The American people needs to understand, and to accept, that solving America’s problems – the financial and economic crises, the two wars in Iraq and Afghanistan, healthcare  insurance for all Americans, is only a small part of the challenge that their great nation faces.

A far bigger challenge is the American contribution to the great transformation that the world needs to go through and succeed, in order to become viable, or sustainable. America needs to be fully a determined partner of that global struggle that is presently being waged around the world to save humanity and the planet from severe damage and, possibly, even destruction

That sooner or later humanity will receive an organisation of a socialist aspect … is, so to speak, the last chance left to it by God. Because the fact that millions of men are oppressed in the most brutal manner, so that a few thousand others do not know what to do with the power that they derive from it, that fact is not only unjust and criminal, but also stupid, unpractical, and suicidal! 2

These lines were written by a great writer some eighty years ago. They are, without question, even more true and relevant today. Socialism is a dirty word in America. Not so in Europe and other parts of the world. Contrary to what is believed in America – and in some circles in Europe and elsewhere --, what happened in the Soviet Union, eastern Europe and China, especially under Stalin and Mao, was not socialism.

It was state capitalism of the worst sort by means of which, in Soviet Union, an extremely corrupt leadership and bureaucracy, and in China, a misguided omnipotent leader, exploited and sacrificed the people at the altar of greed and megalomania.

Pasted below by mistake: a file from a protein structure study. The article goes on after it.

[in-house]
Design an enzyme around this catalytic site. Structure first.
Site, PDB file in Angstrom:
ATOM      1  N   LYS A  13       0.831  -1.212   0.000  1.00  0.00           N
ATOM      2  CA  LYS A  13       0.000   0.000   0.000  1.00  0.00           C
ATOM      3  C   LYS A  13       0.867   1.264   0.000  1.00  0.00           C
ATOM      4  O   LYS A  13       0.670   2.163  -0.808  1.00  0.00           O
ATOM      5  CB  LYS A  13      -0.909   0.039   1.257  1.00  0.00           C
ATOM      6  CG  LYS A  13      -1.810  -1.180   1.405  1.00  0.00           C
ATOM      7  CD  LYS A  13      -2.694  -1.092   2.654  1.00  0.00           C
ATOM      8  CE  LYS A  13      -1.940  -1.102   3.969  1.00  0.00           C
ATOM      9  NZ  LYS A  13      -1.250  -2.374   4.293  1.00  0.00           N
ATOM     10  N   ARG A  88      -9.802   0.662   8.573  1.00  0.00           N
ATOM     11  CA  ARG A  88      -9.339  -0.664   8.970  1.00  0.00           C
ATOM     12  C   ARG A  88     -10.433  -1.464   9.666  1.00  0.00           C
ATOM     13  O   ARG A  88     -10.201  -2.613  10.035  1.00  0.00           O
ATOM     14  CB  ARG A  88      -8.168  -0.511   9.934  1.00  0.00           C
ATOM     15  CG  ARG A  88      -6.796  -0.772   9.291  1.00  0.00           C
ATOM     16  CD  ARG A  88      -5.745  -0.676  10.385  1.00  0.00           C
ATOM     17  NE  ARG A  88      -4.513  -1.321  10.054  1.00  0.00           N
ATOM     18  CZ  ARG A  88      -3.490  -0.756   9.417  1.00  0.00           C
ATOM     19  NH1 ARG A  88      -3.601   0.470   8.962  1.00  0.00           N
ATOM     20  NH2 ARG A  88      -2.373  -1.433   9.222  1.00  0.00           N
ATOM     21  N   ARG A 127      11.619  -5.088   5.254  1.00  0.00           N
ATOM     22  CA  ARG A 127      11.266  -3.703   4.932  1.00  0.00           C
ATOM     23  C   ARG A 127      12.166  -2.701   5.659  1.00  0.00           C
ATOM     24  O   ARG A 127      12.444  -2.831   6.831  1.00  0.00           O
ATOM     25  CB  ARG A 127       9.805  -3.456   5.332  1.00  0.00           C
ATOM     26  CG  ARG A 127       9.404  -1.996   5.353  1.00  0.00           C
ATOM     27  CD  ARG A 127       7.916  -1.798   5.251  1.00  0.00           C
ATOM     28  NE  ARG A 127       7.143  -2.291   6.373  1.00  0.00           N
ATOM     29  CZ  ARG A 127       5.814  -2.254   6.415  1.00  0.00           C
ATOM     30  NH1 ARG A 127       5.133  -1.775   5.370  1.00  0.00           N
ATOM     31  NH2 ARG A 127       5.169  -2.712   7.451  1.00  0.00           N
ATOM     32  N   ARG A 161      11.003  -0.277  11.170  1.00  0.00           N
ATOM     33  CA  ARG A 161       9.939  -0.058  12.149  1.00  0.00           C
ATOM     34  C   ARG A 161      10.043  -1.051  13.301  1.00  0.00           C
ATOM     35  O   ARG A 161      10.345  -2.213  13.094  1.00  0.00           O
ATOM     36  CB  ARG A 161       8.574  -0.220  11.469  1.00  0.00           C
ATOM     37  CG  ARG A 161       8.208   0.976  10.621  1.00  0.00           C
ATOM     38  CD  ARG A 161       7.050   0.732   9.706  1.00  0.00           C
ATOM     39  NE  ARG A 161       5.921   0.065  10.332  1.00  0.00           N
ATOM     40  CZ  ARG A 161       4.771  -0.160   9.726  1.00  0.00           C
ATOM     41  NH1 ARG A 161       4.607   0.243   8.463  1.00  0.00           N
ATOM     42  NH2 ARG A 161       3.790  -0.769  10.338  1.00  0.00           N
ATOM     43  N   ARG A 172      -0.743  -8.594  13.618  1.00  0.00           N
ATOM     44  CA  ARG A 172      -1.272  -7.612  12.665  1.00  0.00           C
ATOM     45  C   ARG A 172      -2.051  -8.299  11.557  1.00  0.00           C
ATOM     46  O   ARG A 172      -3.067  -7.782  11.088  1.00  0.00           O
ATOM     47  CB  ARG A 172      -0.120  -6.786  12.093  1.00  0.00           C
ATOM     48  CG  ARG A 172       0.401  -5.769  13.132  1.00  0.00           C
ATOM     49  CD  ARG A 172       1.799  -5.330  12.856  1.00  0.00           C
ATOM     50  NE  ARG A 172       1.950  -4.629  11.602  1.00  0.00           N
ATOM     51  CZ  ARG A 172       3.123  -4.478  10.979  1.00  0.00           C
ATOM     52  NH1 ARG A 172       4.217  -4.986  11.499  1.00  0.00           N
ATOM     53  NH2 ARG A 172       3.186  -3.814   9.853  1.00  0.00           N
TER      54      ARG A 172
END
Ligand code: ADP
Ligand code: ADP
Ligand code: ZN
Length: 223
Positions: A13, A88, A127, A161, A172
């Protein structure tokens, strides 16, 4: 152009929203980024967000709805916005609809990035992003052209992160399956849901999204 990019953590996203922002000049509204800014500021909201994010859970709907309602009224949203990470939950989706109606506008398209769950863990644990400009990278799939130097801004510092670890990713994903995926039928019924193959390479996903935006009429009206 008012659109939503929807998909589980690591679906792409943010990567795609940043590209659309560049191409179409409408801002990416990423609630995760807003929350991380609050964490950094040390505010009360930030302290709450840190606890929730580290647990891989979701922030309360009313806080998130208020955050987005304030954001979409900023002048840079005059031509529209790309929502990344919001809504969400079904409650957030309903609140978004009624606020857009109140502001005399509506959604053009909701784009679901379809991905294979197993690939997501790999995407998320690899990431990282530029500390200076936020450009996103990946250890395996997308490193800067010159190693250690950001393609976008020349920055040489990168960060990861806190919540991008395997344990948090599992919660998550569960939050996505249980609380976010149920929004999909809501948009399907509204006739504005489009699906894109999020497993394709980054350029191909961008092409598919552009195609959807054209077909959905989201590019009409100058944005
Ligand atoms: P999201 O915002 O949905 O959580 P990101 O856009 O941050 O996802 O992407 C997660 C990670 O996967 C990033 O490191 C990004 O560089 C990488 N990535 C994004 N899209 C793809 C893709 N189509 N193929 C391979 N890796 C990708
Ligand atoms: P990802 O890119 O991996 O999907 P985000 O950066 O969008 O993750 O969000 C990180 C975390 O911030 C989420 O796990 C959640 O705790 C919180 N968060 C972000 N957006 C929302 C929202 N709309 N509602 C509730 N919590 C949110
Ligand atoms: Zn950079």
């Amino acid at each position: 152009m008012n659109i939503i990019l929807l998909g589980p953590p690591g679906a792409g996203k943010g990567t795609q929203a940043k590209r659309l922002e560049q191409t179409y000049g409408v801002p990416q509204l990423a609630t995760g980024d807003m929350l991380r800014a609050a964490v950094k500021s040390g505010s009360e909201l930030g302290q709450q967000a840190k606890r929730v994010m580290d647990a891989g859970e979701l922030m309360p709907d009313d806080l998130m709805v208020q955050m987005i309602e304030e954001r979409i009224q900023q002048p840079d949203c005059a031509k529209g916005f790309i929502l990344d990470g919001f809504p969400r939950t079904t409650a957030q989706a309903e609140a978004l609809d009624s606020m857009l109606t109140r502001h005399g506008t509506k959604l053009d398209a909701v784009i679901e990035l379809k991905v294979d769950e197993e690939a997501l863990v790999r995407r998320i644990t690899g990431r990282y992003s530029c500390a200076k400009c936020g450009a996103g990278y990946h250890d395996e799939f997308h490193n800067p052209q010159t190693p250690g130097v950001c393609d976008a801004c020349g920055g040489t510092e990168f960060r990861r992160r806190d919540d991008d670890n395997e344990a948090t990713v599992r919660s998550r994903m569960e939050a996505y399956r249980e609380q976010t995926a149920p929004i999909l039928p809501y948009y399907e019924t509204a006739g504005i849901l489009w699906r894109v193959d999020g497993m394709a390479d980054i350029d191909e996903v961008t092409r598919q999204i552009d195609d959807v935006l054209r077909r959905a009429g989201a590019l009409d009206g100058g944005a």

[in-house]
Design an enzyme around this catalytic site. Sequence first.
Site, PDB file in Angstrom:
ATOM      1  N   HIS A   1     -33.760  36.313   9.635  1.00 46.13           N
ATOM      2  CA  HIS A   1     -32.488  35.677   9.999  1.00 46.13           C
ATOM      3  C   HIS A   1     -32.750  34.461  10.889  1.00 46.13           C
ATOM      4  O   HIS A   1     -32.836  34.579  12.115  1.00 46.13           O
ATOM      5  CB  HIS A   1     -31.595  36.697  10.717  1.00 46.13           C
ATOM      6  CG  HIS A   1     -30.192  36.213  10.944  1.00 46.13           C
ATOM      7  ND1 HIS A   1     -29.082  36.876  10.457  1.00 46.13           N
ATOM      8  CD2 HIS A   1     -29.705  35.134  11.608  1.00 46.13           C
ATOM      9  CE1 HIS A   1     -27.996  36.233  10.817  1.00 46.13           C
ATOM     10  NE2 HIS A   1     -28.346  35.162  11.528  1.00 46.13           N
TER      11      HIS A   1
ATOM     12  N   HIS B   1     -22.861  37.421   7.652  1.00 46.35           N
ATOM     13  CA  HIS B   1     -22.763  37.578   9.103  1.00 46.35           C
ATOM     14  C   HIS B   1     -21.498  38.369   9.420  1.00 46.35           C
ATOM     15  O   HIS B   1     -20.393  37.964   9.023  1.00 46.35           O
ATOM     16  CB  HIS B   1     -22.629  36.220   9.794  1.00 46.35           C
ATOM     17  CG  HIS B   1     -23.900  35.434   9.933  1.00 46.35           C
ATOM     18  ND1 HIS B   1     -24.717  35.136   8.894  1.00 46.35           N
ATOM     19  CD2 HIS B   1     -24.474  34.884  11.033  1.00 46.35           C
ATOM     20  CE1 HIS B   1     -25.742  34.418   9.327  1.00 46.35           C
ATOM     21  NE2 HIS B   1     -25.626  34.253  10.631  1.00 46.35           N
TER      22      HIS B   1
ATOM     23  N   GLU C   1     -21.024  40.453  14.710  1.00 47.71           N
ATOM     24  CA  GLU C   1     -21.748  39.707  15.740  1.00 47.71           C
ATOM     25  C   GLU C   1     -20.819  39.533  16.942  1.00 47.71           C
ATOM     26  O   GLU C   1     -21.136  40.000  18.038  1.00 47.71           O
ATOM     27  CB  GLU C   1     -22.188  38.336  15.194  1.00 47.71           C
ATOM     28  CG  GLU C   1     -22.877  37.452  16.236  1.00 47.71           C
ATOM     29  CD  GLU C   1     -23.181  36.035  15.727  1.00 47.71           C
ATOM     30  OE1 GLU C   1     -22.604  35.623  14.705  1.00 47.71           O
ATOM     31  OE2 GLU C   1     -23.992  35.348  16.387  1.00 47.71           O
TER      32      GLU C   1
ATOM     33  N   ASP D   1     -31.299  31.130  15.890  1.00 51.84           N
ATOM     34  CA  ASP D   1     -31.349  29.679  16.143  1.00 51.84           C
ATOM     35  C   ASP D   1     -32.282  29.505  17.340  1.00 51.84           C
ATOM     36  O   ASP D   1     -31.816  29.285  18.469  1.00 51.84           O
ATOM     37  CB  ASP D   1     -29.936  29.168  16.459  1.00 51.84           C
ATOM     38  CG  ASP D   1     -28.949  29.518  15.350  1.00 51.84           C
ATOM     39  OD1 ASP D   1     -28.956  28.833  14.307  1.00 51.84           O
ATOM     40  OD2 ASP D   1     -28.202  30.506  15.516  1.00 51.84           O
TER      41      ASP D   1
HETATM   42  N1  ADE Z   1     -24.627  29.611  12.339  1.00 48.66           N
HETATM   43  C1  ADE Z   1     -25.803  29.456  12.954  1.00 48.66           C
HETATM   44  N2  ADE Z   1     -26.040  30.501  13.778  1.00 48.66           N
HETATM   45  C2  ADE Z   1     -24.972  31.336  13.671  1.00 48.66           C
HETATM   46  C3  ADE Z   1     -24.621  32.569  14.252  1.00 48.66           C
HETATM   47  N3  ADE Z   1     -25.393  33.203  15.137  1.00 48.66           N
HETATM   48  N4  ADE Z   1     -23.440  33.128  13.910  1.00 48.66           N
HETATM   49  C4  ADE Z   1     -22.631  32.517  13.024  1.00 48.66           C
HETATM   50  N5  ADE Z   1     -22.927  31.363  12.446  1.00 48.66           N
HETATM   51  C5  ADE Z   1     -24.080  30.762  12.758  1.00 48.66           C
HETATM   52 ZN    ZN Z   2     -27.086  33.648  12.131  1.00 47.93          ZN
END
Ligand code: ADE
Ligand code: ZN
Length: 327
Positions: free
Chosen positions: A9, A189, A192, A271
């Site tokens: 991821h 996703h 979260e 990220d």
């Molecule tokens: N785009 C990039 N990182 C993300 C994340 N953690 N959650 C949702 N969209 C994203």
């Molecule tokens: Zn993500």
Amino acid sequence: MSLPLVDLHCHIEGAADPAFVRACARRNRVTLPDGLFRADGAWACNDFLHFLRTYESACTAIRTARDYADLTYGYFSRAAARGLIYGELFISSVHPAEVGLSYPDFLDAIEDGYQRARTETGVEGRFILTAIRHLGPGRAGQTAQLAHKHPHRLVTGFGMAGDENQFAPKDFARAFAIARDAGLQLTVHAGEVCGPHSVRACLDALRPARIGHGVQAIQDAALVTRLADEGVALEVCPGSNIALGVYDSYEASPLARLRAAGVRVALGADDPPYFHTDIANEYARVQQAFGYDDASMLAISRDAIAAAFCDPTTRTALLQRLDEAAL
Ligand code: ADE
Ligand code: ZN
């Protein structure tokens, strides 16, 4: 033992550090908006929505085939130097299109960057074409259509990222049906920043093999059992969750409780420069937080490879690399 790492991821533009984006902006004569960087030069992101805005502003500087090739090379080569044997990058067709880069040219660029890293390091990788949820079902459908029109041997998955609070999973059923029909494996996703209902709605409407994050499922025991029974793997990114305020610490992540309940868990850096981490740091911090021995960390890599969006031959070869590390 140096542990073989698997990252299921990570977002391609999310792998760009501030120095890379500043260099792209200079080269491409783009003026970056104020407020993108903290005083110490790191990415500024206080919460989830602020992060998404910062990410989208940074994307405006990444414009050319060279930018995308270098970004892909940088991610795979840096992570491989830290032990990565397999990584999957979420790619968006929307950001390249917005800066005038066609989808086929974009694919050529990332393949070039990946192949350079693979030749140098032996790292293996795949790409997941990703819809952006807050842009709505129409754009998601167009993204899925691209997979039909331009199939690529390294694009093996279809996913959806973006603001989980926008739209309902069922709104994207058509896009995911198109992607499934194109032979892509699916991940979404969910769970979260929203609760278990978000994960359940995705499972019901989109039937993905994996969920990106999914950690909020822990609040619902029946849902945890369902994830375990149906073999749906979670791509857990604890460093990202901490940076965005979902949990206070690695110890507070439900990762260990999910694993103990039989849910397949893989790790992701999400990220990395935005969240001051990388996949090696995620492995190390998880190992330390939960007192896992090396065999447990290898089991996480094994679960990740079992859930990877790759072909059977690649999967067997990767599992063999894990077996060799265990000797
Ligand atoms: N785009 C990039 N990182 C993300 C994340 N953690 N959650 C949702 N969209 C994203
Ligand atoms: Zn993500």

True socialism is, has to be, democratic. It cannot be imposed from the top. The people need to be persuaded, convinced. Teachers, thinkers, professionals, artists, musicians, movie makers, playwrights, etc. have the big role to play and an enormous responsibility in that respect. It is them that must persuade and convince the people that true socialism is good for them and the world. It is only through true socialism that a better and  sustainable world can be built. Even Americans, given enough time and with quality education, will come to understand and accept that truth. Obama can be the educator-in-chief of that educational process. 

Here is an example of the unbelievable extremes that market fundamentalism and bush capitalism can go. The following paragraph was taken from a recent report in the Style section of the International Herald Tribune: 

Extreme luxury comes in many forms: a Gulfstream private jet; a Euro 29,500 Gucci crocodile bomber jacket with fox fur collar; a Euro 160,000 Louis Vuitton Minaudière evening purse in white gold … At the Millionaire Fair of Moscow, a diamond-studded cellphone sold for $ 1,27 million. At the last  Cannes Yacht Show, a famous builder declared that there was  a three-year waiting list for the biggest luxury yachts, with a price tag of $ 40 million or more.

That this is sheer madness and unbelievable – or limitless, as Einstein once said – stupidity goes almost without saying. It is also shameful and criminal in a world in which every five seconds a child dies of preventable disease, hunger and malnutrition.